Simpson practiced hypnotism but introduced ether inhalation to relieve labour pains in 1847. Unsatisfied with ether, which had a pungent smell and was flammable, Simpson began looking for an alternative which was more pleasant to inhale and provided a quick induction.

The dinner party where the effects of chloroform were discovered by Simpson and his assistants, 4 November 1847.

The dinner party where the effects of chloroform were discovered by Simpson and his assistants, 4 November 1847.

Self experimentation with chloroform and observations of others using it recreationally helped Simpson recognise the advantages of it for pain relief in labour and for surgery. On the 5 November 1847, just one day after the infamous dinner party, Simpson used chloroform during labour. This became the agent of choice for obstetrics until the 1870s in England, and the early 1900s in Scotland. This was despite complications with its use; it was easy to administer an overdose, it produced irregular heartbeats and even heart attacks.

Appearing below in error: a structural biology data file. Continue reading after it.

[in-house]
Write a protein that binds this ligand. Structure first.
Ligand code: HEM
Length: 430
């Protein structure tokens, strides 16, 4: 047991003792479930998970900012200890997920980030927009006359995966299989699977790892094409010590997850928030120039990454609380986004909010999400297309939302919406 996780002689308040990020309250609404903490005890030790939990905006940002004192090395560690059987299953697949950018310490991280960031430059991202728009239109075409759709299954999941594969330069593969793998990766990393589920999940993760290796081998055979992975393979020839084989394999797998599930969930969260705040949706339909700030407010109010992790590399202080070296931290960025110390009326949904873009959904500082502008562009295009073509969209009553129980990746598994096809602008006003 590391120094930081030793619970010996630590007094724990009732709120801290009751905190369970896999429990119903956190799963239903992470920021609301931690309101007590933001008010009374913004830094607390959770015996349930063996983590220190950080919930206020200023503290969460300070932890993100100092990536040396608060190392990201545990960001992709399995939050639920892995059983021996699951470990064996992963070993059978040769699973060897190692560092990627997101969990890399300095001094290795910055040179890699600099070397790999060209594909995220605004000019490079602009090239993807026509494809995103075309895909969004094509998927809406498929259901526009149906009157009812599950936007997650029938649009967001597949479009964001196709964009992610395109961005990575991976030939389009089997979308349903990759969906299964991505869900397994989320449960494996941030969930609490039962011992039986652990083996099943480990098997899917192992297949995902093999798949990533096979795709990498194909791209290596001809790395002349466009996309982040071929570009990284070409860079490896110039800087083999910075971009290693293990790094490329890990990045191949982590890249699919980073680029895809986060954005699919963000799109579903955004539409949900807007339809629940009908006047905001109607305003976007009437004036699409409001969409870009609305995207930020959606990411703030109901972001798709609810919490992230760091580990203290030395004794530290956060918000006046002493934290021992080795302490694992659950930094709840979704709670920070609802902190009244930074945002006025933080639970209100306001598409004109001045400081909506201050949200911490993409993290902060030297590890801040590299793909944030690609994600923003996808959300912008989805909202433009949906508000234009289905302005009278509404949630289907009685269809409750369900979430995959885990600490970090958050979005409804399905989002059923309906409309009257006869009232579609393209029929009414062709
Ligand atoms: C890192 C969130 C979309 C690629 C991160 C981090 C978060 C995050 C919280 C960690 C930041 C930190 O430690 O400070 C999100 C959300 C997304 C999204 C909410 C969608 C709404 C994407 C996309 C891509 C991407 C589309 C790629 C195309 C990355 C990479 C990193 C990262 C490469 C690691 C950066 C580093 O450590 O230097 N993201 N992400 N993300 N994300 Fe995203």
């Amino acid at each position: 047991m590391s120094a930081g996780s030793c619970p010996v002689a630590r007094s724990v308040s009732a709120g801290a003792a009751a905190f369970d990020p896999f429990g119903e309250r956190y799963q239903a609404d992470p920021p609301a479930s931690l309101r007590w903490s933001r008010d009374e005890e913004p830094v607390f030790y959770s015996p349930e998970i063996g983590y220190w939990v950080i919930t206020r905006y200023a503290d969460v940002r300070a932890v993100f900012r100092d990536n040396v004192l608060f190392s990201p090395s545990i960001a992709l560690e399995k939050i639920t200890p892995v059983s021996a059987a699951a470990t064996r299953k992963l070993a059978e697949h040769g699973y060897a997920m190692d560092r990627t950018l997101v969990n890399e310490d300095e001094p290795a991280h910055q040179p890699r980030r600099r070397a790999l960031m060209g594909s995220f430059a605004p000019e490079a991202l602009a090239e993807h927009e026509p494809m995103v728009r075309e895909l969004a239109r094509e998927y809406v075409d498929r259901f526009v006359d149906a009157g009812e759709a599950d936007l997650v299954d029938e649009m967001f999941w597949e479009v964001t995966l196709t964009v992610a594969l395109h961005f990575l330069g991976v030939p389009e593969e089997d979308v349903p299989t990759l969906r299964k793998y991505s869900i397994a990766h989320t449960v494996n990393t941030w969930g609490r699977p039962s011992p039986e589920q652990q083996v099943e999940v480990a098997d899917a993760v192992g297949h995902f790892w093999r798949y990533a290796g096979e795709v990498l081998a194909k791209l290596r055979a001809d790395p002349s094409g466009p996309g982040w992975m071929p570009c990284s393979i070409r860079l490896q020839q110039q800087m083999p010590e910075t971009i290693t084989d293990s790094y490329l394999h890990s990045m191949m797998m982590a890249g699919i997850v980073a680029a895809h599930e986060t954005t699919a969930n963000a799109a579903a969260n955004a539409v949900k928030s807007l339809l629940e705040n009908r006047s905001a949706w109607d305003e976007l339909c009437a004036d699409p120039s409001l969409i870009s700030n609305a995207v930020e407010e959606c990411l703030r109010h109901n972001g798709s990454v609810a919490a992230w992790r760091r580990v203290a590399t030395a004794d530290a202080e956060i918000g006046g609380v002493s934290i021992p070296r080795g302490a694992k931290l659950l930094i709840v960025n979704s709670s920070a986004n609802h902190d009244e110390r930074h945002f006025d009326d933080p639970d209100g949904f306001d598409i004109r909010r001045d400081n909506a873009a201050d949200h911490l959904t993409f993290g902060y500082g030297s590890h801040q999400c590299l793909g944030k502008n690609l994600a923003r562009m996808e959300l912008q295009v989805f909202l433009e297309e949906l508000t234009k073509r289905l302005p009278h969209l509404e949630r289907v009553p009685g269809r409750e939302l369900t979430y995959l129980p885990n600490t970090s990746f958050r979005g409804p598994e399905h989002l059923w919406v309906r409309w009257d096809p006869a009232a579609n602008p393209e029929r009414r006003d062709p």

The rest of the nineteenth century saw attempts to alleviate pain in labour by means other than inhalation anaesthetics, this included morphine and morphine like drugs.

From the 1930s, methods of analgesia which could be administered by midwives when a doctor was not present were developed. In the UK by this time, midwives delivered around 50% of normal births. Liverpool anaesthetist R.J. Minnitt’s developed the ‘Minnitt Machine’ in 1936, which provided a set mix of nitrous oxide and air for labour pain relief. The mother could self-administer the mixture whilst under the supervision of the midwife.

The machine was a step forwards in providing labour pain relief, but malfunctions with the apparatus meant it was largely abandoned by the 1950s.

The machine was a step forwards in providing labour pain relief, but malfunctions with the apparatus meant it was largely abandoned by the 1950s.

In the 1950s, trichloroethylene (Trilene) was administered via specifically designed vaporizers, and was approved for use by midwives in 1954.

The ‘Cyprane’ Trilene Vaporizer, c.1954.

The ‘Cyprane’ Trilene Vaporizer, c.1954.